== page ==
80 F
74.8 F
78.9 F
81.8 F

Good News, Bad News: Comparing Alabama’s student debt to other states

YH Hire Me Graduation Cap

This month the Institute for College Access and Success (TICAS), a nonprofit group that seeks to make higher education more affordable and and accessible, released Student Debt and the Class of 2013, an annual report that examines student loan debt around the country.

Using data provided by public and nonprofit colleges, the report takes the usually theoretical debate surrounding student debt and adds actual numbers to the conversation. No for-profit colleges were considered because only 8 of 595 for-profit colleges reported debt numbers.

Overall, student debt for bachelor’s degrees is rising, but the figures vary drastically depending on where you live. “High-debt states remain concentrated in the Northeast and Midwest, with low-debt states mainly in the West and South,” the report says.

According to the report, 69% of seniors graduating from college in 2013 had student loan debt, often in the form of private loans, which are generally more costly than federal loans. The national student loan average last year was $28,400, slightly higher than 2012’s average of $27,850.

The report broke down each state’s student debt data and ranked where each state stands nationally. Here’s how Alabama fared:

Alabama Student Debt

Alabama’s average student debt of $28,895—$495 more than the national average—means the state has the 12th highest average in the nation. But only 54% of students in Alabama have debt, which puts Alabama in a more favorable 40th place.

The worst state for student debt is New Hampshire, with an average debt of $32,795 and 70% of students taking on loans. New Mexico is the best with an average of $18,656, although 54% of students take on loans there, too.

Of course, there are always outliers. The report also noted that some universities have particularly high debt levels that exceed the state’s average. TICAS calls these schools high-debt colleges, and the 20 high-debt public colleges and universities in the report have an average debt ranging from $33,950 to $48,850.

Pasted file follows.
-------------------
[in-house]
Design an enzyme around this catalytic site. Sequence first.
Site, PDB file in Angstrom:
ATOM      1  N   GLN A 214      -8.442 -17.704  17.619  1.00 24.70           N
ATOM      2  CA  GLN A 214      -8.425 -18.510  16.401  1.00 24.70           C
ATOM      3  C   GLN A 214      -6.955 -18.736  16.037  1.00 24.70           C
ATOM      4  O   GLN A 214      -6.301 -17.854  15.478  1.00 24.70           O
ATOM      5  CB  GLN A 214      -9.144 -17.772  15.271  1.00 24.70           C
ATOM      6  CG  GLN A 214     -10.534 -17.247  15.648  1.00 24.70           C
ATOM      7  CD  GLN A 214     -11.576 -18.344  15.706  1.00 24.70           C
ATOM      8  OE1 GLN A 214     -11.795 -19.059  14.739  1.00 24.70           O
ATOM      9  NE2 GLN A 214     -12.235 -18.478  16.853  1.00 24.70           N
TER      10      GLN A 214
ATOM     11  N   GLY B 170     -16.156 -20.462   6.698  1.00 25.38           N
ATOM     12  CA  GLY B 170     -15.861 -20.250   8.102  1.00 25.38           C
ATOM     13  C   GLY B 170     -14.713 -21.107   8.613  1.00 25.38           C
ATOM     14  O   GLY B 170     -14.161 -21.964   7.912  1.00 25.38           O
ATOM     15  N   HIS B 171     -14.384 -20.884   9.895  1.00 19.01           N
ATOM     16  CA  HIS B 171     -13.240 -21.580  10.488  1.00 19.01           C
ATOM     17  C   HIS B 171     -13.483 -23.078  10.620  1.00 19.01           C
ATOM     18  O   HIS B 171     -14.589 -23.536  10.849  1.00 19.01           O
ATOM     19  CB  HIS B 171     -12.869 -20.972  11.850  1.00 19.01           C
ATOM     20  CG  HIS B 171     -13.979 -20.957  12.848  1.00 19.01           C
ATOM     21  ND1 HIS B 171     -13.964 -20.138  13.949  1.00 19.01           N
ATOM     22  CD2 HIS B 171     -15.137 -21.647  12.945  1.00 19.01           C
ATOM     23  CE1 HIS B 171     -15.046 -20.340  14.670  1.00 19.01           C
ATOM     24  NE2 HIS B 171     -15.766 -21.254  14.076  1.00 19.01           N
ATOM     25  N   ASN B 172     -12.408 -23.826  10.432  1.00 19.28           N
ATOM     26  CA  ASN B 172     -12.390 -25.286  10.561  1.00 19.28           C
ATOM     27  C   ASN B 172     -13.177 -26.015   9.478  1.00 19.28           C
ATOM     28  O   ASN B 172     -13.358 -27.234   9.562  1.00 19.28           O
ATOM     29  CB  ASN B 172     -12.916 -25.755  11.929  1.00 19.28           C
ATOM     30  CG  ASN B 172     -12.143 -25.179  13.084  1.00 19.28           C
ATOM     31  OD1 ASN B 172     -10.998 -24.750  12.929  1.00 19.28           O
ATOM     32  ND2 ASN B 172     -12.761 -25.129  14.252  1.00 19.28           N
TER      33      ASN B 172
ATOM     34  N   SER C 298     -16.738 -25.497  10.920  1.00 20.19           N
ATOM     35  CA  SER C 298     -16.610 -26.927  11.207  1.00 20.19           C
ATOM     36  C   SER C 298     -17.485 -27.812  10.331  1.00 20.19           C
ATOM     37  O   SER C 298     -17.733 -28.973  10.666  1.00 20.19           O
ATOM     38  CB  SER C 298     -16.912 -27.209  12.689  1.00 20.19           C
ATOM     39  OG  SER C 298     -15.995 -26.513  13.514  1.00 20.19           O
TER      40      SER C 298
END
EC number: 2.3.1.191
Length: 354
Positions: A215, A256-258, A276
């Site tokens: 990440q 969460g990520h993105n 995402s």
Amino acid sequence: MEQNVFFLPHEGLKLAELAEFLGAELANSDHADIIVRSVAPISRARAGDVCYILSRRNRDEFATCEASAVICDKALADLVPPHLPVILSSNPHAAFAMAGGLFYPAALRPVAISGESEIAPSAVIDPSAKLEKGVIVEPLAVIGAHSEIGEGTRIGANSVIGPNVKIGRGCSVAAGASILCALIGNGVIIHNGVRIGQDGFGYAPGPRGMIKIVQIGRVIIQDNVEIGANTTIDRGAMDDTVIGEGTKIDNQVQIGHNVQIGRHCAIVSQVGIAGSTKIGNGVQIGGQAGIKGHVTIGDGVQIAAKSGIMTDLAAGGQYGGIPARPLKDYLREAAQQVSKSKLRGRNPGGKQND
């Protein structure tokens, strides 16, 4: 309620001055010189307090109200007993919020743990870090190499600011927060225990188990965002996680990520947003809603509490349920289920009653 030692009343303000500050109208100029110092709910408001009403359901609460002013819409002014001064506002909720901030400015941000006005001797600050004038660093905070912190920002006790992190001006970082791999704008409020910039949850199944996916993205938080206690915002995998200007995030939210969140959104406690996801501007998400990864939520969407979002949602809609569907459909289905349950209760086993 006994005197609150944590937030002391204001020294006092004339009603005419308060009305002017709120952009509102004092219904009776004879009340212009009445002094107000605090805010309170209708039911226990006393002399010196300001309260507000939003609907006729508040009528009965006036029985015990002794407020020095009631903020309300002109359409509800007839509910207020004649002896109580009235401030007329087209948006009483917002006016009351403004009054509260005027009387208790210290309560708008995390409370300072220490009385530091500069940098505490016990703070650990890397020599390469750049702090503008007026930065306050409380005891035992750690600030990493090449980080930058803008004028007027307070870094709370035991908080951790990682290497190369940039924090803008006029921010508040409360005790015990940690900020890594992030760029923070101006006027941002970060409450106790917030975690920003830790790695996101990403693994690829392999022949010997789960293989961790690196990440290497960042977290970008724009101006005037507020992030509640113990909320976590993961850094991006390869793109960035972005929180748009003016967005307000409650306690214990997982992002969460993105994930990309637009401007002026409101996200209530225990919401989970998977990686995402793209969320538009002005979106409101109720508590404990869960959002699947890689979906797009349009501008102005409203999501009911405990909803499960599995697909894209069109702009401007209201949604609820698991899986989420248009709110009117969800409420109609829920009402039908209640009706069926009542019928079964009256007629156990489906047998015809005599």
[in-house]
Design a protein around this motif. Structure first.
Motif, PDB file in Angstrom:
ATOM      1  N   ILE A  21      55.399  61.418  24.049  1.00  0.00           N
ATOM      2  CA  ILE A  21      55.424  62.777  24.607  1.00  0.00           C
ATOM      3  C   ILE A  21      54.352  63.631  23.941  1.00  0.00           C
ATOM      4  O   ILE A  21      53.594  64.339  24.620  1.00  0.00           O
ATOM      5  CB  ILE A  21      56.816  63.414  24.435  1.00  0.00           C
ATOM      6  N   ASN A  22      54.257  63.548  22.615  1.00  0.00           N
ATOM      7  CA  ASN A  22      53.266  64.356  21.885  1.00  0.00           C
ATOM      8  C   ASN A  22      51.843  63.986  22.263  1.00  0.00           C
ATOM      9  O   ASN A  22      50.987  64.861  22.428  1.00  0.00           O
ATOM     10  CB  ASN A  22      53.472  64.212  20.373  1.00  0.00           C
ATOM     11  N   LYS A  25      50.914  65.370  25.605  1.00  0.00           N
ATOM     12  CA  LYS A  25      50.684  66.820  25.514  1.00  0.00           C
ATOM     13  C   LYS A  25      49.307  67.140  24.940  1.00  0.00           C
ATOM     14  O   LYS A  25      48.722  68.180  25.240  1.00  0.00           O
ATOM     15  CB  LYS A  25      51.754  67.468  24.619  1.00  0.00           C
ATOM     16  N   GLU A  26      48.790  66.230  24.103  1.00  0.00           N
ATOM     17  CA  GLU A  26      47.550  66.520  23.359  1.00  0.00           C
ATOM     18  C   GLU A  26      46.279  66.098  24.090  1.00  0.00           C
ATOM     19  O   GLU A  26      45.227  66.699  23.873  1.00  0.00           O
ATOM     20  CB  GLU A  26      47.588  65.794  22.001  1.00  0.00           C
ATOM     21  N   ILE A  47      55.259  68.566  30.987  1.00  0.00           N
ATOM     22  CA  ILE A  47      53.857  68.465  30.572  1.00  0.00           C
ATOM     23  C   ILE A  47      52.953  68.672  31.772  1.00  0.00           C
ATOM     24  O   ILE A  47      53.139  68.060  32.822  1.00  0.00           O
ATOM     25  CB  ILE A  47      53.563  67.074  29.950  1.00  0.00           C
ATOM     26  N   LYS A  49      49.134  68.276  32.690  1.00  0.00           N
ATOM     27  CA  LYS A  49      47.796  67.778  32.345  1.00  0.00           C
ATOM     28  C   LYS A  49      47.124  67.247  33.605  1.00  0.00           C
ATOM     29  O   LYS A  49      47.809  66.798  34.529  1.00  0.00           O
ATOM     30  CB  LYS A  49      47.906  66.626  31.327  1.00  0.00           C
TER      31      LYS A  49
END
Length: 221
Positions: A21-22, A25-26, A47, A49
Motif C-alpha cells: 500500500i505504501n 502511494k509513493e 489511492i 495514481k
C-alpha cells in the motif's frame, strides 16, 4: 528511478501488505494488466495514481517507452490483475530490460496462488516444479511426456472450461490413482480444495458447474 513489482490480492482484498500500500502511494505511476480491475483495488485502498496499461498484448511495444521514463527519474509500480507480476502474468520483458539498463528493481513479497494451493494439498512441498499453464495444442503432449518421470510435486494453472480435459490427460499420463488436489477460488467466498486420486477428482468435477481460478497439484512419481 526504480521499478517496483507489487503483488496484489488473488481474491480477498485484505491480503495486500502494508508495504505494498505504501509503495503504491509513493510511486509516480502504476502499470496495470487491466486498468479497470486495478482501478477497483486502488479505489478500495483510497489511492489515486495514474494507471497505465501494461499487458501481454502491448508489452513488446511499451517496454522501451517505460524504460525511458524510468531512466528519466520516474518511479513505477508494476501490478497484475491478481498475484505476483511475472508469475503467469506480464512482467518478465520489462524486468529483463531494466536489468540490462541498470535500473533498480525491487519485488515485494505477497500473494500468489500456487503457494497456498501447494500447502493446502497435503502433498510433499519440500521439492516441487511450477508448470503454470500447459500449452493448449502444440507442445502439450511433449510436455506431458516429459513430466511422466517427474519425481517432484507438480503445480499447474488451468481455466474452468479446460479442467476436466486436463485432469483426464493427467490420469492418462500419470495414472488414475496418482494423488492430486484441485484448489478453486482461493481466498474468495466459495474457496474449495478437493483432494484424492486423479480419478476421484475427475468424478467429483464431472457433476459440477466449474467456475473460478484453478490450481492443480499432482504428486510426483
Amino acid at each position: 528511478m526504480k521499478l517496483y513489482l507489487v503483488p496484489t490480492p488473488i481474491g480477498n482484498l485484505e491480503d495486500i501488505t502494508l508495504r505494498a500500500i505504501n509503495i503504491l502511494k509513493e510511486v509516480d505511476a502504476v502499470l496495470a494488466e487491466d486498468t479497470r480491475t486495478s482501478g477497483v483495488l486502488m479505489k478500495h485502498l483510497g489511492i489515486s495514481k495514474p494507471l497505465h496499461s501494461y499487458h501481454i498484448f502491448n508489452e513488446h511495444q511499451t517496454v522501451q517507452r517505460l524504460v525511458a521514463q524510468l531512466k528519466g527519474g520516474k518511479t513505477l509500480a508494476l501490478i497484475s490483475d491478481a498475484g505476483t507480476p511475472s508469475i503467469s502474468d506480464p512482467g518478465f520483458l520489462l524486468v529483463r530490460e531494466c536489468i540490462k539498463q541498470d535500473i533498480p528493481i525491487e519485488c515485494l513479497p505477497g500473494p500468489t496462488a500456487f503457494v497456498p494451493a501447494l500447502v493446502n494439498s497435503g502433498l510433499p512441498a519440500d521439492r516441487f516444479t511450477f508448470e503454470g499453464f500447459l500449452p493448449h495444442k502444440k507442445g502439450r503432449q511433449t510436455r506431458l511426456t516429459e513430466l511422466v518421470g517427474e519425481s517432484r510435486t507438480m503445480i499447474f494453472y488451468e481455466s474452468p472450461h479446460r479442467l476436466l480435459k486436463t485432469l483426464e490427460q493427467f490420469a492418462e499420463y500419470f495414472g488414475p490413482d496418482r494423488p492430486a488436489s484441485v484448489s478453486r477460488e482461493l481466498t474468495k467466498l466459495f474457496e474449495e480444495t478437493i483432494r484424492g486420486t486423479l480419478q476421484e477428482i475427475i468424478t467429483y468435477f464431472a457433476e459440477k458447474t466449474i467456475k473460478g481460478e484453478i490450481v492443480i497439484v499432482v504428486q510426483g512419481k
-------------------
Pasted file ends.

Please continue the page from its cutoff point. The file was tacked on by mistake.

The University of West Alabama made the list of top 20 high-debt colleges, although the report does not reveal exactly what the average debt is. According to U.S. News & World Report, in-state tuition at the University of West Alabama during the 2013-2014 school year was $7,660, and the out-of-state tuition was $14,170.

These numbers may seem staggering, but not everyone is convinced that our nation is experiencing a student debt crisis. Earlier this year, Jeffrey Dorfman, a professor of economics at the University of Georgia and a frequent contributor to Forbes magazine, wrote that an unbiased look at the numbers reveals that the student loan debt crisis is a myth.

“A recent Brookings Institution study by Beth Akers and Matthew Chingos carefully compared debt, education, and income levels from 1989 through 2010,” writes Dorfman. “They find that debt levels are rising more slowly than the income gain from a college degree, that debt payment burdens are actually falling thanks to lower interest rates, and that most of the really large debt amounts belong to those with graduate degrees who are most able to pay for such large of debt loads.”

Dorfman goes on to argue that the crisis we constantly hear about on the news is really confined to a small number of people. “Over 80 percent of young households have student loan debt considerably less than an average car loan,” he writes. “Most could pay off their loans in one or two years post-graduation if they held their spending down and devoted their new, higher earnings to student loan debt reduction.”

In a Detroit News op-ed published this week, Jane McNamara, CEO of GreenPath Debt Solutions, says that rising tuition is a factor when it comes to student debt, but the most important issue is making sure students are making wise financial decisions.

“We must equip those students with the skills, knowledge, and clear understanding of how to manage their finances and debts after graduation,” writes McNamara. “By doing so, we will be able to head off a student loan bubble by dramatically reducing delinquency and default rates, while positioning college graduates to achieve a successful financial future.”

What do you think? Is this an issue that concerns you? What are the best ways to combat rising student debt in Alabama? Let us know in the comments below.